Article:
Clean energy ready to replace fossil fuel, environmentalist says
Bill McKibben argues for a quick switch away from fossil fuel. "We're all but out of time," he warns.
Temperatures in Antarctica reached 70 degrees Fahrenheit above normal in March. That's just one of the distressing headlines putting a spotlight on climate change right now. Even the most dire predictions about climate change, though, include the important caveat that it's not too late to change course.
"The answer clearly lies in getting off fossil fuel, which we're now able to do," environmentalist Bill McKibben said.
But the move would not be easy.
"It would take extraordinary effort to build out those renewable resources, in the same way that, in the run up to World War II, we quickly used our industrial might to build the things we needed then," he said.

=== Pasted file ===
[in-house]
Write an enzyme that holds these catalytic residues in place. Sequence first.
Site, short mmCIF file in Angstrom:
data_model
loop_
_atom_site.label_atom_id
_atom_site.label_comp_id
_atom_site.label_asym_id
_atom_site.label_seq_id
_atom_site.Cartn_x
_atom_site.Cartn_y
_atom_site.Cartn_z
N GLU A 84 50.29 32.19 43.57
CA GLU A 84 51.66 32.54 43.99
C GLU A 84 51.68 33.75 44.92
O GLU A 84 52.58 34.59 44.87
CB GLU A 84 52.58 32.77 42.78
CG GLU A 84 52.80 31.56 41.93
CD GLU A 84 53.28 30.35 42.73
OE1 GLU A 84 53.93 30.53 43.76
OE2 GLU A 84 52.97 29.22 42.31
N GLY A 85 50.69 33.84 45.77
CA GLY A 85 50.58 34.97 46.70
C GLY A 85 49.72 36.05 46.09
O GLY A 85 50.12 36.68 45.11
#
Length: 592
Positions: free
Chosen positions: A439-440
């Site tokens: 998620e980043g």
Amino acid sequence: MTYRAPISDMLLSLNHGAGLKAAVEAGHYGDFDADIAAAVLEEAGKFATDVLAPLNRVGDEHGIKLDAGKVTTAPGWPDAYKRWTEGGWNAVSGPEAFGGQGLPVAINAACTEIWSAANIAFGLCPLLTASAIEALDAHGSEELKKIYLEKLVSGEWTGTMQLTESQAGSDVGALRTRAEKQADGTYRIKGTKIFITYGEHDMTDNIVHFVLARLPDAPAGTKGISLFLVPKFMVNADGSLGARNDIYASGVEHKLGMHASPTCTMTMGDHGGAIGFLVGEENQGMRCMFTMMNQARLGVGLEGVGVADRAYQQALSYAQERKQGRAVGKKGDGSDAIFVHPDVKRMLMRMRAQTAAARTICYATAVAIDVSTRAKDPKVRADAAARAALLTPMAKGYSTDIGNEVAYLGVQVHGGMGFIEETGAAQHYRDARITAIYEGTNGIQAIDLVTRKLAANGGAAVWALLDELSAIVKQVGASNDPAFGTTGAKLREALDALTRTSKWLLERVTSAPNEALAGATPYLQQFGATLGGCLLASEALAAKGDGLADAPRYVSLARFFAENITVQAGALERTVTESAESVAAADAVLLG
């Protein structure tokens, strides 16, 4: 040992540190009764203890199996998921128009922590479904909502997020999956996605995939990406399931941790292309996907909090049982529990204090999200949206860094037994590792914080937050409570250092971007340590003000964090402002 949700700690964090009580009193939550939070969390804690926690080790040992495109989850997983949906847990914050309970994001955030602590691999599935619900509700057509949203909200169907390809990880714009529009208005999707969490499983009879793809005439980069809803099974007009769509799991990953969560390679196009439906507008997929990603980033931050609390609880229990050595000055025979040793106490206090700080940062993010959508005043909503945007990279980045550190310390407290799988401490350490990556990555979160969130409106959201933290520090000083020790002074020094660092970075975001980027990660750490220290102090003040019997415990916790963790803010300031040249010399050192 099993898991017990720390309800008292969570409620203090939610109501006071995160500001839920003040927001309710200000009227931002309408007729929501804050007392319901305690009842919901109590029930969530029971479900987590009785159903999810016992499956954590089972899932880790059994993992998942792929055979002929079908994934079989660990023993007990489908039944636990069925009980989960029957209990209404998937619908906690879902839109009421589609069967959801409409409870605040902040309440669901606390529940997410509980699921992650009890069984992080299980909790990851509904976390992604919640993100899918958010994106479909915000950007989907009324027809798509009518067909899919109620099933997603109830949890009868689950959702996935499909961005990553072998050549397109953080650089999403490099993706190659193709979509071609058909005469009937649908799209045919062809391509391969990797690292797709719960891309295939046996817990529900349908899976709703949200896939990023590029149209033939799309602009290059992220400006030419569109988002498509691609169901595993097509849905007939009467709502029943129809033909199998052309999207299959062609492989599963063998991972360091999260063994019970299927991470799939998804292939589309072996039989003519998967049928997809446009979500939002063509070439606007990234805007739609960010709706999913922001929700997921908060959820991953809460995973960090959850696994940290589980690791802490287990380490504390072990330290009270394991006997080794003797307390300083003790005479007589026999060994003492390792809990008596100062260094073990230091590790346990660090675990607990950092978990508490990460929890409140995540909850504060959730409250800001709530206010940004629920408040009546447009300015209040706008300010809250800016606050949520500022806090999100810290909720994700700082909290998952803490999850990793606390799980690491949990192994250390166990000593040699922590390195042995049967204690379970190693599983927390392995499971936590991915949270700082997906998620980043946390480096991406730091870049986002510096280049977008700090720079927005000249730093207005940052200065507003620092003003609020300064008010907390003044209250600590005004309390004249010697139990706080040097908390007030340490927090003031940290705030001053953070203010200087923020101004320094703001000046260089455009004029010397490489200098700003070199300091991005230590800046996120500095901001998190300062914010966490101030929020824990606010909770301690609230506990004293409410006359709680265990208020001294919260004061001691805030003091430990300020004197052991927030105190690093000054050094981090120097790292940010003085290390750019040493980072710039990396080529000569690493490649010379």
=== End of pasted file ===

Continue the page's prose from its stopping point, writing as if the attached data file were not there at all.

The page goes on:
The author and founder of Third Act joined Midday Edition to talk about what it will take to move away from carbon-emitting fossil fuels to cleaner sources of energy. He wrote about the topic in an essay for The New Yorker, “In a World on Fire, Stop Burning Things."
McKibben said the remaining obstacles to moving away from fossil fuels were more political than technological. Clean energy technology has evolved and become cheaper, marking a key distinction from fossil fuels, which grow more expensive to find and cultivate, he said.
"We should seize this moment to do this fast, because 'fast' is the operative word here," McKibben said. "We're up against a timed test with climate change and, if we don't meet that timed test, then whatever we do decades from now won't matter."